After sketching out their composition quickly, students drew their outer space scenes on larger paper and used oil pastel to add color and depth.
The following class, students created a resist by painting over their paper with black watercolor paint, which revealed their oil pastel stars and outer space scene since oil pastel resists the water based paint. 
Here are some examples of our out of this world outer space resist paintings!
Ava, 4th Grade
Vicky, 4th Grade
Derin, 4th Grade
Kailee, 4th Grade
Anthony, 4th Grade
Kira, 4th Grade

Wednesday, May 13, 2015

Mandalas from India

2nd grade artists have been studying the geography and culture of India in their classrooms, learning about the Taj Mahal and the Hindu spring festival of Holi. To connect to their study of India in art, we looked at the mandala. The mandala is a spiritual and ritual symbol in Hinduism and Buddhism, which both originated in India, representing the Universe. 
Traditionally, the mandala is a geometric pattern in a circular shape that has strong symmetry. The word "mandala" is from the Indian language of Sanskrit and means “circle.” They can also represent wholeness and our connection to physical circles like the earth, sun and moon, and life circles of friends, family and community.
We learned that mandalas can be two-dimensional or three-dimensional and can be made from different materials, such as paper, metal, cloth and sand. While they originated in India, they are also produced in other countries such as Tibet, Nepal, China, Japan and Indonesia. They were produced as early as the 4th century, and are still created today.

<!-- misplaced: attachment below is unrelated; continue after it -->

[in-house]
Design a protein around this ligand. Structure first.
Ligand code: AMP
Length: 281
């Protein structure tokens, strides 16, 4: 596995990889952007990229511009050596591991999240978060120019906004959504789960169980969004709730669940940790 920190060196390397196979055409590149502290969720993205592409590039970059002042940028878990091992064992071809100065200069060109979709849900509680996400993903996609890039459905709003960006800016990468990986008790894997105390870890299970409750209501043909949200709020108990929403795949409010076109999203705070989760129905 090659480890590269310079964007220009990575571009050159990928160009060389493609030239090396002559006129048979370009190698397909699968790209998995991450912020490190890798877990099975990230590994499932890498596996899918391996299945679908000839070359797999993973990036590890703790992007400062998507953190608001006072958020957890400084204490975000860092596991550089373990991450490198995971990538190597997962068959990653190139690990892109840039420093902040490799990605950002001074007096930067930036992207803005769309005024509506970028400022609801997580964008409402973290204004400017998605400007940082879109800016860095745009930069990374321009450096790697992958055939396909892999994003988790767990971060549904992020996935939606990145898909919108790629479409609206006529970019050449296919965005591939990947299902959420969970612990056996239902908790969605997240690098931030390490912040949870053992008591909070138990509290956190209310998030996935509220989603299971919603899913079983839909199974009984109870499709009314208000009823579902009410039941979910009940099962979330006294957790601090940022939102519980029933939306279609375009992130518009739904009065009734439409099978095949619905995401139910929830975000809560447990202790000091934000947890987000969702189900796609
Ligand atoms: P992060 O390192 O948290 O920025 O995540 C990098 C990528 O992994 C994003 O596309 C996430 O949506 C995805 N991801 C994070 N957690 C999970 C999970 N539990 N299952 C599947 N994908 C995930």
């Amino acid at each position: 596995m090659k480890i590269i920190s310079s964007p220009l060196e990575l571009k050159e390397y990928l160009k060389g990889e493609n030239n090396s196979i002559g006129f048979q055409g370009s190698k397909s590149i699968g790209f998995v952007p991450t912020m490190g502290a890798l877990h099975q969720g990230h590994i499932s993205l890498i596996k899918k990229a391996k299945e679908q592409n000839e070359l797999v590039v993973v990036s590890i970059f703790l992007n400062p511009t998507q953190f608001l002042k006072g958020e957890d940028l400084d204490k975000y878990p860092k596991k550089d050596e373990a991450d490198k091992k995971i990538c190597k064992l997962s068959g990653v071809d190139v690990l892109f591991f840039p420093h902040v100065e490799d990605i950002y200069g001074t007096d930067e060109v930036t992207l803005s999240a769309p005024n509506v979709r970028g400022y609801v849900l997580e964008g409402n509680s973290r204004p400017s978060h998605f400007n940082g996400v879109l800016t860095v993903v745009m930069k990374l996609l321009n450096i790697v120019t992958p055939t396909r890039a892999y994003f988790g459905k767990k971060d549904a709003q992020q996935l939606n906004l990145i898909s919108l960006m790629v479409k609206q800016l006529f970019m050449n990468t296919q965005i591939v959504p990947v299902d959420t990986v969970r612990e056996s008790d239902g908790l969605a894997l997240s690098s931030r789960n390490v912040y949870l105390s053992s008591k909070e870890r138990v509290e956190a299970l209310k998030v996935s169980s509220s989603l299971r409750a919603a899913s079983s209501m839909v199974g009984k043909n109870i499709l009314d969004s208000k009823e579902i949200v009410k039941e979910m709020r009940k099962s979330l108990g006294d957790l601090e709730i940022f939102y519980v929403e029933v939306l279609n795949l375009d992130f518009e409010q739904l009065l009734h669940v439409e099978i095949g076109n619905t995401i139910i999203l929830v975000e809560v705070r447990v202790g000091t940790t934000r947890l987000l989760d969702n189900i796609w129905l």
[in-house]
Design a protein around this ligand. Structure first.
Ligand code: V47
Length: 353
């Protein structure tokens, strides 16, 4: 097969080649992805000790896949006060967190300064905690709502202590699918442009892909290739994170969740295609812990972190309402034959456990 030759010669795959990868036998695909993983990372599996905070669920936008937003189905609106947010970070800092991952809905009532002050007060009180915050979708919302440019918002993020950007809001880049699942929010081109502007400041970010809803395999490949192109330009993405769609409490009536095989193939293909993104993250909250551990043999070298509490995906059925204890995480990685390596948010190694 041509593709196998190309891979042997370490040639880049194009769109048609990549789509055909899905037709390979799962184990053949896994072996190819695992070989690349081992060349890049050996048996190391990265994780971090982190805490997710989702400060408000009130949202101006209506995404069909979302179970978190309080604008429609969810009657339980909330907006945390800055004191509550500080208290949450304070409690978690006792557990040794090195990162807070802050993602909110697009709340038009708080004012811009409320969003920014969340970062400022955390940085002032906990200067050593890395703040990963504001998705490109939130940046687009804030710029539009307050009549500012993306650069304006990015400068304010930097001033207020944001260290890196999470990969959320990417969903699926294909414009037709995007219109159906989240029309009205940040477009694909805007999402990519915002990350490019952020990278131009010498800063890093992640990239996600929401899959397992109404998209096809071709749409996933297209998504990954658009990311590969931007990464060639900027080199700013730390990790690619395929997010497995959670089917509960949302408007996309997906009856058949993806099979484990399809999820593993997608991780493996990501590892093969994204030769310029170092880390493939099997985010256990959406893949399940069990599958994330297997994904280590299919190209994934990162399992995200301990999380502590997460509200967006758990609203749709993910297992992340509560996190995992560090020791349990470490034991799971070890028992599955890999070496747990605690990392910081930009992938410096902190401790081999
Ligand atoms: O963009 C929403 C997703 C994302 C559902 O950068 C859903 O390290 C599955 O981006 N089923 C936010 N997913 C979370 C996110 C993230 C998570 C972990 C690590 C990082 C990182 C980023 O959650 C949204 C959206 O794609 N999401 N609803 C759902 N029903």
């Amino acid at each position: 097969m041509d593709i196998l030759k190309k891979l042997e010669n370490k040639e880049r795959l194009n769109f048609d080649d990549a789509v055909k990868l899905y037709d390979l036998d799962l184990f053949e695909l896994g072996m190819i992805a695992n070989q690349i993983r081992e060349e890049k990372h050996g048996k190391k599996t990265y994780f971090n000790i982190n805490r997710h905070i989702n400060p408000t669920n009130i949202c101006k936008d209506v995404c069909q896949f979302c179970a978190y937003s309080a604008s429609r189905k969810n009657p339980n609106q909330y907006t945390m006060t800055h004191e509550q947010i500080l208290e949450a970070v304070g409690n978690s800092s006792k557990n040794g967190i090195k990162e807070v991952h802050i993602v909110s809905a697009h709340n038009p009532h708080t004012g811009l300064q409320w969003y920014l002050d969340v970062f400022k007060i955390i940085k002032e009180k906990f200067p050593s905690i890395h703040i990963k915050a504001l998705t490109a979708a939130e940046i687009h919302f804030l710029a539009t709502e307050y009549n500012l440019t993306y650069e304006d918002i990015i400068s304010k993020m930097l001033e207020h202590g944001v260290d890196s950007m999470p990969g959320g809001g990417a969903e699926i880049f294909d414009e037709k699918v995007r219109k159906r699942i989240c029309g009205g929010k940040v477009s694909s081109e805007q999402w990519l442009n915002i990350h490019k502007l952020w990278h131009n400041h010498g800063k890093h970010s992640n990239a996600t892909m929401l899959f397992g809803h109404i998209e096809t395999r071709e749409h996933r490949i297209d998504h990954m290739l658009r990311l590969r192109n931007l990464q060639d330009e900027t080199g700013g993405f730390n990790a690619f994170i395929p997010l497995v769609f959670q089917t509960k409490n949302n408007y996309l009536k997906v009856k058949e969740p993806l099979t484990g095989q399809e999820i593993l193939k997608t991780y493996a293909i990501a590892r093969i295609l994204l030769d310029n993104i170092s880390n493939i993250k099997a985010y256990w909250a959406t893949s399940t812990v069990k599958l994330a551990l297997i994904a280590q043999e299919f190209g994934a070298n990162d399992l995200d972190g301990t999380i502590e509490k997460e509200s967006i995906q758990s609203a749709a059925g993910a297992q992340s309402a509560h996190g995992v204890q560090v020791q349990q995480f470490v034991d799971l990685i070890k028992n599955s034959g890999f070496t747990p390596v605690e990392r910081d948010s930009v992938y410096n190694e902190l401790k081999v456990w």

We looked at images of different mandalas and also of people creating mandalas on the ground, using what appeared similar to sidewalk chalk. Students noticed that the mandalas were created from the center outward, and were symmetrical in their design. Because they were being created with chalk, which can wash or blow away, we talked about why someone might take the time to create such a complex and significant symbol, when it was not permanent. Some students thought it might be for practice, while others thought it might just be for fun or for the shared experience.
After learning about the mandala, students watched a time elapse video that showed Buddhist monks meticulously creating a sand mandala over a period of a week. Afterwards, there was a ceremony and they destroyed the mandala, which surprised many students! Again, this led to a discussion of why one might do this and we talked about how it might be about the experience or journey, rather than the end result.

In keeping with this idea, students worked in groups at their table (we discussed how the monks working together made their mandala making go quicker) to create a mandala using colorful foam shapes. 
Students shared ideas and also compromised to be able to form a group mandala, keeping symmetry and the circular form in mind. At the end of class, student had a chance to see each other's mandalas before (calmly) destroying them and putting all the shapes back into the plastic bag.These are some of the mandalas that student groups made: 
The following week, students began designing and drawing their own individual mandalas, to keep this time. We brainstormed different themes, such as spring, nature, sports teams and personal interests, and ways to connect the shapes and patterns to a theme.